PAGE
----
ARL Research presented at AMS Meeting in Denver
December 29, 2022
A number of presentations at the 2023 American Meteorological Society (AMS) Annual Meeting held January 8-12, 2023 in Denver, Colorado, will feature NOAA’s Air Resources Lab research on the boundary layer. The development and evolution of our NOAA’s air quality forecasting methods and models is discussed at several AMS presentations.
Barry Baker describes the next versions of these two systems, GFSv17 and GEFSv13, are planned as fully coupled atmosphere/land/ocean/sea-ice/wave/aerosols applications developed within the Unified Forecast System (UFS) framework.
Youhua Tang describes the efforts to improve Aerosol Data Assimilation for the UFS framework, and the fine tuning made to improve future forecasts.
Chris Loughner uses HYSPLIT and the High-Resolution Rapid Refresh (HRRR) model outputs to assess data from the LISTOS field campaign in Summer 2018, to illustrate the unique atmospheric transport pathways into the New York City metropolitan area, which has a complex urban costal interface.
Small UAS systems are increasingly popular for collecting atmospheric boundary layer measurements of wind velocities. However, removing the motion of the UAS from the vertical wind measurements is challenging. TJ Schuyler presents the efforts to use the onboard data from the UAS’s onboard inertial measurement unit (IMU), along with nearby 3-meter flux towers, to develop a UAS motion retrieval algorithm.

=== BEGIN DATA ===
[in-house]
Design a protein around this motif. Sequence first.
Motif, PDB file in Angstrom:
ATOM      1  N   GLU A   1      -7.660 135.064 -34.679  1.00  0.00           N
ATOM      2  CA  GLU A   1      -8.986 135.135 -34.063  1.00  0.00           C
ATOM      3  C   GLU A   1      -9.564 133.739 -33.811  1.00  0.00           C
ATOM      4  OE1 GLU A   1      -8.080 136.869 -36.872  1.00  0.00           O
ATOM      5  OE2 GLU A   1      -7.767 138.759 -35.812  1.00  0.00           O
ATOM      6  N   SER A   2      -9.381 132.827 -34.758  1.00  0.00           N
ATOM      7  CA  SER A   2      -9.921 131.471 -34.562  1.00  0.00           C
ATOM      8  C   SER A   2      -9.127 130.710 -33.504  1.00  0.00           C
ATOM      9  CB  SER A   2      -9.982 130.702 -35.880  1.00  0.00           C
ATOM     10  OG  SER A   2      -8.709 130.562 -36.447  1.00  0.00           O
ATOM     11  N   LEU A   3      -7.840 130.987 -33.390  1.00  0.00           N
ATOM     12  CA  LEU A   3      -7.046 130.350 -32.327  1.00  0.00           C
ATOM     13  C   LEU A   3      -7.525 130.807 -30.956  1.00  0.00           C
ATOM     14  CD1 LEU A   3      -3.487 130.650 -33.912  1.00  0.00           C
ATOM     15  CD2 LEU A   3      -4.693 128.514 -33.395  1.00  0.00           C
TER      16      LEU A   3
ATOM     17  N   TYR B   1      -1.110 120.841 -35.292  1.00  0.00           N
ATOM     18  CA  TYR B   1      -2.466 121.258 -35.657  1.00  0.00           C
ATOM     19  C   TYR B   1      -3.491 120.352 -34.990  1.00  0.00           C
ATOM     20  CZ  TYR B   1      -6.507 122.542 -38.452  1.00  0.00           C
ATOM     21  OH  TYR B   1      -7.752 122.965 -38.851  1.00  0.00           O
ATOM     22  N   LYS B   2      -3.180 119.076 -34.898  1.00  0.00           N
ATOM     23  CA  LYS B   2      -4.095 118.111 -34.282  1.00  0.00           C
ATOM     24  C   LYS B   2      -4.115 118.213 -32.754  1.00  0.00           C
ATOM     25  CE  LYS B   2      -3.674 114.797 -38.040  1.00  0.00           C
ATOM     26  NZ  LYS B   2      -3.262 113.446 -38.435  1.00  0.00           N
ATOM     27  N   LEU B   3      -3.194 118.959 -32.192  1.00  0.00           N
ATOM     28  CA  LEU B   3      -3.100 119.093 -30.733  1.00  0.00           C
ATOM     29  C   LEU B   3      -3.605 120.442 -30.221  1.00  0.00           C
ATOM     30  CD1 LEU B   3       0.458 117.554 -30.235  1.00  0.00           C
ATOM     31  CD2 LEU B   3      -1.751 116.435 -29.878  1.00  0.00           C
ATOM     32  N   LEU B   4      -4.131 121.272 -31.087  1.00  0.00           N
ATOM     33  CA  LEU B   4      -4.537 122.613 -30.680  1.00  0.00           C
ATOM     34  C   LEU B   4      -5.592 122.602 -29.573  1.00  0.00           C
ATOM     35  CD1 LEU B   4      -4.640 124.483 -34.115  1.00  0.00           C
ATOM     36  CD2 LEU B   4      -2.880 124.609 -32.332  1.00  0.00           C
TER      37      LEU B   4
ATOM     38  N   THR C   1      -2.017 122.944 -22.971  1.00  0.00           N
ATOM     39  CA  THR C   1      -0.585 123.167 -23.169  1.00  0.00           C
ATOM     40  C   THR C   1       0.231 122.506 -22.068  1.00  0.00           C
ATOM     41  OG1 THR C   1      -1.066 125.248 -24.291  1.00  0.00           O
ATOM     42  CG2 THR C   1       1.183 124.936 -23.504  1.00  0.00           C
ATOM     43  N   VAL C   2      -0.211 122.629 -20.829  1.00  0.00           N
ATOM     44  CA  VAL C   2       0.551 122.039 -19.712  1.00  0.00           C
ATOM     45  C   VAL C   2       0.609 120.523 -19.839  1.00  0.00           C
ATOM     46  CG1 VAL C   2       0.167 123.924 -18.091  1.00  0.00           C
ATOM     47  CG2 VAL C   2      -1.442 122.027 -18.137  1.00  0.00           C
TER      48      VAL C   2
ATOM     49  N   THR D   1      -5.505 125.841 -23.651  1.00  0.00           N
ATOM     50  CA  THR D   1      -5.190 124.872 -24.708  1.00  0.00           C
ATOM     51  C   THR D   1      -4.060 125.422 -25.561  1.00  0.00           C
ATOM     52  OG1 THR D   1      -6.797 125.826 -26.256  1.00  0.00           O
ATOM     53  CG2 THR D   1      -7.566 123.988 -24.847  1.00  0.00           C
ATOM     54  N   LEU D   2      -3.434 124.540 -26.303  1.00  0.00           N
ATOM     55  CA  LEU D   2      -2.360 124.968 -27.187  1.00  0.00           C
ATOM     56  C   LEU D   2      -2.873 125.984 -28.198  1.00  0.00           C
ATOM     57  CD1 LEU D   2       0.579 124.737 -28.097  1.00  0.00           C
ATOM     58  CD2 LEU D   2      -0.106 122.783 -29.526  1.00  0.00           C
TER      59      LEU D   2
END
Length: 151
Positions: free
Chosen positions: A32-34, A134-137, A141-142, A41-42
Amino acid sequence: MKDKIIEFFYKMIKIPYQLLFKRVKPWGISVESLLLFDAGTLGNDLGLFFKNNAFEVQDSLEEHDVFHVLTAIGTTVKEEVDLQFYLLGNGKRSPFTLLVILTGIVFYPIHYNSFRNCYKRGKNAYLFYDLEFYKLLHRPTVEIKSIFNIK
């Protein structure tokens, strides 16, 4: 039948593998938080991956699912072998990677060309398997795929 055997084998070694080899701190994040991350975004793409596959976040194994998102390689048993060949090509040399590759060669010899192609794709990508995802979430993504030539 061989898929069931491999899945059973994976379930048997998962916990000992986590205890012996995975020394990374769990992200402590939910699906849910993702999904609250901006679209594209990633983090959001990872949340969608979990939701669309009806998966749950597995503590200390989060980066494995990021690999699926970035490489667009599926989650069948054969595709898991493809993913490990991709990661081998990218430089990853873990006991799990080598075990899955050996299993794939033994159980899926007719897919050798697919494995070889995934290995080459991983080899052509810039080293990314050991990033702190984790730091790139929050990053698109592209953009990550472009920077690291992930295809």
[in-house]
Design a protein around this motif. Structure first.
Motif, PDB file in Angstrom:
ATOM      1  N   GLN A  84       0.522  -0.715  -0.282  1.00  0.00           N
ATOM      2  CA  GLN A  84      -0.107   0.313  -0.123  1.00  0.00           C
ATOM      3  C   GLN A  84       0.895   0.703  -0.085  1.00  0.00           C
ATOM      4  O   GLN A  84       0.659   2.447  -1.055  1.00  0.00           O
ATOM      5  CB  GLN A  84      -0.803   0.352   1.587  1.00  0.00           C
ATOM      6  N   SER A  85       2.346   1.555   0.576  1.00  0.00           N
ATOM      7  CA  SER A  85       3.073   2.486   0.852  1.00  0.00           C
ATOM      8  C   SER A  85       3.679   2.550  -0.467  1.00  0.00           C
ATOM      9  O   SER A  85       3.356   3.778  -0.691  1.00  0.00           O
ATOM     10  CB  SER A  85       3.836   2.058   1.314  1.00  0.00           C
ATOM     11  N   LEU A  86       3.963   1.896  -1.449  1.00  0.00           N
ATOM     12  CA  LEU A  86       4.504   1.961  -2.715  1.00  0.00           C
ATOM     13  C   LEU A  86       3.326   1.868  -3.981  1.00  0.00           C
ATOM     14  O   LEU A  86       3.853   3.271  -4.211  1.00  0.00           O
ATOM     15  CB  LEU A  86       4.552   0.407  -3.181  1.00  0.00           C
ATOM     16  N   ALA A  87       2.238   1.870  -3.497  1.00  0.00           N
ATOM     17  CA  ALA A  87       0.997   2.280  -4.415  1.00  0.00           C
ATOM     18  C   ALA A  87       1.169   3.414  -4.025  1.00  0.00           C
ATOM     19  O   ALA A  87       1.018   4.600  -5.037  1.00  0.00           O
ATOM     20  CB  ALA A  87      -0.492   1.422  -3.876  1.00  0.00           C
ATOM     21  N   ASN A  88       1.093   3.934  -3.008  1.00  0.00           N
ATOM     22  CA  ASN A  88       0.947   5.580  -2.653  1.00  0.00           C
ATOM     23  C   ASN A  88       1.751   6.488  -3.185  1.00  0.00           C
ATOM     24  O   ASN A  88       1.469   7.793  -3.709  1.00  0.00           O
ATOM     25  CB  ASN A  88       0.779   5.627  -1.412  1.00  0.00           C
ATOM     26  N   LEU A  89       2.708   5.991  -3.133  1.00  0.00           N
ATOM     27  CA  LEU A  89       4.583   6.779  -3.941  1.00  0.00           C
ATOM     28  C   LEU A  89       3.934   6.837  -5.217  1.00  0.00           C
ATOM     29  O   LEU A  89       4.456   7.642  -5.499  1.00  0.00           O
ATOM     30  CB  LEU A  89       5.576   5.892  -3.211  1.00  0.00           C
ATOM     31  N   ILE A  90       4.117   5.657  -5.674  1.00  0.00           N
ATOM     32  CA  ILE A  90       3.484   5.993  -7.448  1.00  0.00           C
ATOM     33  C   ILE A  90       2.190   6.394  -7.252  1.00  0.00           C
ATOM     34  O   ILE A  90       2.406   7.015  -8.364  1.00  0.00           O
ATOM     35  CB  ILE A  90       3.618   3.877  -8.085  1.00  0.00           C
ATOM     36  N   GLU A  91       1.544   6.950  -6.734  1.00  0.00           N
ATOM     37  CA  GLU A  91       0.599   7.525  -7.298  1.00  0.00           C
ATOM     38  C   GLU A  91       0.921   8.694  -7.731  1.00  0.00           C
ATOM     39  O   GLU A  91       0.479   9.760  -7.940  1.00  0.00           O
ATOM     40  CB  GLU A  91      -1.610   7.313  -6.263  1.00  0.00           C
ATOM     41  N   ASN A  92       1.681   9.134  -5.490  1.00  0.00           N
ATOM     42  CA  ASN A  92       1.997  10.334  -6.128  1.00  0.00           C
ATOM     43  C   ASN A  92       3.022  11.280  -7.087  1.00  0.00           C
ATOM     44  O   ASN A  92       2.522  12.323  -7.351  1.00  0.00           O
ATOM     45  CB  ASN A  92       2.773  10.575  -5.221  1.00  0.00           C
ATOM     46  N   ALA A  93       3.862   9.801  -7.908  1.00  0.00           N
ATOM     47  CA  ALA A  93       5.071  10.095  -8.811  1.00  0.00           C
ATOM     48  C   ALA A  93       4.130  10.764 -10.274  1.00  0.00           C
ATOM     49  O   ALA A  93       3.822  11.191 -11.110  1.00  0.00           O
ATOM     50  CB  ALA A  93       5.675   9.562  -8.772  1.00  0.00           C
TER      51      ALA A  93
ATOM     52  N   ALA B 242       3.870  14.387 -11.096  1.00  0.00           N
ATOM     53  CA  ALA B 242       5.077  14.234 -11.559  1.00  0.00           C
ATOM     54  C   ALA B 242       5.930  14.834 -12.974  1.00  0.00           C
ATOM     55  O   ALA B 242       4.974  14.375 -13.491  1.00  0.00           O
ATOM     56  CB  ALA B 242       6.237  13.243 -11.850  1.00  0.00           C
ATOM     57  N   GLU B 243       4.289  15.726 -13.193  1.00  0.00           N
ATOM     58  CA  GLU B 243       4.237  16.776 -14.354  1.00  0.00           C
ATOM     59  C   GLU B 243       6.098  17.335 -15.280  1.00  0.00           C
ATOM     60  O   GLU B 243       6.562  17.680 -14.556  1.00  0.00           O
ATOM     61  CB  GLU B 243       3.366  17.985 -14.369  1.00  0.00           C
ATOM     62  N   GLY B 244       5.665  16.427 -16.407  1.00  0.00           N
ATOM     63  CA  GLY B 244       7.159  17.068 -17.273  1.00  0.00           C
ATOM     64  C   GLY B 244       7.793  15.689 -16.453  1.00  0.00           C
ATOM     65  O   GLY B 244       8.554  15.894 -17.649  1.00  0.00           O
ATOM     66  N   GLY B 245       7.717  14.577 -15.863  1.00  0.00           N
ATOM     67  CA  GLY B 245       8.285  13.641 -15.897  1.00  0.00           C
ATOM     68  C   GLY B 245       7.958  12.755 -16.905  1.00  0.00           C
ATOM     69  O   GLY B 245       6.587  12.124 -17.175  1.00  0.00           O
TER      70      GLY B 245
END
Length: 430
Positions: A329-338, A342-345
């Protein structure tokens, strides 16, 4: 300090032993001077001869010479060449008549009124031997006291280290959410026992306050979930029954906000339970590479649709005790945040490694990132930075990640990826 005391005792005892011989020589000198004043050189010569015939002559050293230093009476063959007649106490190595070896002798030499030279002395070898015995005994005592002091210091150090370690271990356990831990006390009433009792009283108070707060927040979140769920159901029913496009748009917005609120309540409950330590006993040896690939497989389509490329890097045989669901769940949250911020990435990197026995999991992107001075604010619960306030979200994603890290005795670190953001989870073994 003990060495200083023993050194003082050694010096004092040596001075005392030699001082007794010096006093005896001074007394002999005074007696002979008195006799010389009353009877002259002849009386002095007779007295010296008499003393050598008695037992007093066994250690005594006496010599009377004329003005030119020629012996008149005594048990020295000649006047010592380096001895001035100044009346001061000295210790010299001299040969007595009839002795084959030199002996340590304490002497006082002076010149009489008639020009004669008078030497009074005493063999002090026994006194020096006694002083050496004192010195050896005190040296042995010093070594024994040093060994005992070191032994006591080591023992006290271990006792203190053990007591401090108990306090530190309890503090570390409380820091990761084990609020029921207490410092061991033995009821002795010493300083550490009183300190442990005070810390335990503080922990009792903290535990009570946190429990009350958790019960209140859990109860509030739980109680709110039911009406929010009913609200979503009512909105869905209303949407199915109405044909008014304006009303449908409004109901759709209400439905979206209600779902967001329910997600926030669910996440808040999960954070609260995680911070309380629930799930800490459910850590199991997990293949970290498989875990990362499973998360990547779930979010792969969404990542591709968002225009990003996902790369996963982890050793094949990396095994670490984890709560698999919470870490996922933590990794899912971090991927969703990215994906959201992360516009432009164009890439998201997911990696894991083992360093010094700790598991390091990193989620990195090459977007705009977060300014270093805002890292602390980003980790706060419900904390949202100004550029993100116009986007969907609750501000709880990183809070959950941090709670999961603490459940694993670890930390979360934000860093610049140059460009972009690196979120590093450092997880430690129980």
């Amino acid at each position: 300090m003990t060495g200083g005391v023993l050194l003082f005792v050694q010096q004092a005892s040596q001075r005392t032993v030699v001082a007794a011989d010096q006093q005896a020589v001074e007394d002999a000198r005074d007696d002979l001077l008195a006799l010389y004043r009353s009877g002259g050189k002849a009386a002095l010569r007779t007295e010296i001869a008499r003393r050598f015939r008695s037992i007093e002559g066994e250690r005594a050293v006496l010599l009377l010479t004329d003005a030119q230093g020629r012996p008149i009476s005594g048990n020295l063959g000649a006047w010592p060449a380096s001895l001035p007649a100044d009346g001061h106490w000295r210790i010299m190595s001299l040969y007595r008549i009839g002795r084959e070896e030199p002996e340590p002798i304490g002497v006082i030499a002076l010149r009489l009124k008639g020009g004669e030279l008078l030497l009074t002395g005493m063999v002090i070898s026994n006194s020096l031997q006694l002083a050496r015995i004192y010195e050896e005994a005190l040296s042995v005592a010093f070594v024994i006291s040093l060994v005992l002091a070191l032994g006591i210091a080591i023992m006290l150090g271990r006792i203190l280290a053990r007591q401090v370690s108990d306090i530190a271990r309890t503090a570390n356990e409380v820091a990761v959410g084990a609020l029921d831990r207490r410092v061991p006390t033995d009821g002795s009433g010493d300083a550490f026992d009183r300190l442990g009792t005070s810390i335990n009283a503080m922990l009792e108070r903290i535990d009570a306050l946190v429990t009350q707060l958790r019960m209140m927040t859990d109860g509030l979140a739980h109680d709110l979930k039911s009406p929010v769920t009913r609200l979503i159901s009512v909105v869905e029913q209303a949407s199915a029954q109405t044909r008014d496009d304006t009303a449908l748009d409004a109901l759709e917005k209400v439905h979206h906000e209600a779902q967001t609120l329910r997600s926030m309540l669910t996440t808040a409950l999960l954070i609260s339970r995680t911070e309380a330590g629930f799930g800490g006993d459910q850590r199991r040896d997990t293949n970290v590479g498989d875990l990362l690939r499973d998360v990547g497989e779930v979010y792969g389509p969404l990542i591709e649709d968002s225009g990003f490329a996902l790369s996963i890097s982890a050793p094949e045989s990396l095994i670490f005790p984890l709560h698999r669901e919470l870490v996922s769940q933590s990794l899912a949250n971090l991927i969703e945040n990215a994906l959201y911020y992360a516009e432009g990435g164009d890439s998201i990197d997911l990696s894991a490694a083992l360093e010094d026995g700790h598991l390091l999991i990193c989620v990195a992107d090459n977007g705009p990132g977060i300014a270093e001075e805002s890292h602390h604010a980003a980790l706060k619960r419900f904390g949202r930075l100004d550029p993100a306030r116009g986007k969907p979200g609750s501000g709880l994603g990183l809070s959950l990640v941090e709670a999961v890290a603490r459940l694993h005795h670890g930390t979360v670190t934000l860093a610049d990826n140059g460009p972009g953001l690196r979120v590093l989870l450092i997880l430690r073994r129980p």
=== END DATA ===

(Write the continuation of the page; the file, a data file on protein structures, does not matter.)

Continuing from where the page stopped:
Session 1A, Session 2A, and Session 3A Air-Surface Exchange, Atmospheric Deposition, and Ecosystem Impact.
Rick Saylor and LaToya Myles organized and chair a three-part session on atmospheric chemistry and ecosystem impacts. Presentations will examine measurements and analyses of highly reactive or bi-directional compounds and how to extend that knowledge into global models.
Other posters and presentations by ARL researchers include:
By highlighting improvements in the new bulk Richardson parameterizations, Temple R. Lee and co-authors discuss the need to implement Bulk Richardson parameterizations into numerical weather prediction models to help improve near-surface temperature, moisture, and wind forecasts.
Barry Baker describes work on aerosols, including mineral dust and soils, which are a source of uncertainty in many atmospheric models. Using machine learning, the authors update the threshold friction velocity of soils and dust to compare the results and apply it within the UFS-Aerosol framework.
Barry Baker and colleagues describe advances in the next versions of Global Coupled Modeling Systems, GFSv17 and GEFSv13, are planned as fully coupled atmosphere/land/ocean/sea-ice/wave/aerosols applications developed within the Unified Forecast System (UFS) framework.
Bruce Hicks uses data recently obtained at a forest research tower in Oak Ridge, Tennessee, examines a daytime example of a Chemical spills in forested areas. Such studies are relevant to reports of dispersion model overpredictions following railcar accidents involving liquid chlorine in the eastern USA, which is largely forested outside urban areas. Refinement of air-surface exchange formulations through different vegetated canopies is also of contemporary importance in the case of CO2 sequestration.
Bruce Hicks uses data from ARL’s long-term, forest meteorology site operated at Chestnut Ridge, in Oak Ridge, Tennessee to assess diurnal cycles and the flux in forested areas.